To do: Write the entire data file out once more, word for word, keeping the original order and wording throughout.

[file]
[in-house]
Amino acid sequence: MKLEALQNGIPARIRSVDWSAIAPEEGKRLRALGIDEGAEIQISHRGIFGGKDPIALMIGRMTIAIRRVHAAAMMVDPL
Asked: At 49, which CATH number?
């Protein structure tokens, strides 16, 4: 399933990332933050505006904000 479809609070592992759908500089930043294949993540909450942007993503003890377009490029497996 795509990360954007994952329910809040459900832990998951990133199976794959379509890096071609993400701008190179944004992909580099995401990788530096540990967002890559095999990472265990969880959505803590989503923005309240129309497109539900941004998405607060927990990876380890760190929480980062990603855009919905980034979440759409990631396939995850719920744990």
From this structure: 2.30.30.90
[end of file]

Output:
[in-house]
Amino acid sequence: MKLEALQNGIPARIRSVDWSAIAPEEGKRLRALGIDEGAEIQISHRGIFGGKDPIALMIGRMTIAIRRVHAAAMMVDPL
Asked: At 49, which CATH number?
């Protein structure tokens, strides 16, 4: 399933990332933050505006904000 479809609070592992759908500089930043294949993540909450942007993503003890377009490029497996 795509990360954007994952329910809040459900832990998951990133199976794959379509890096071609993400701008190179944004992909580099995401990788530096540990967002890559095999990472265990969880959505803590989503923005309240129309497109539900941004998405607060927990990876380890760190929480980062990603855009919905980034979440759409990631396939995850719920744990």
From this structure: 2.30.30.90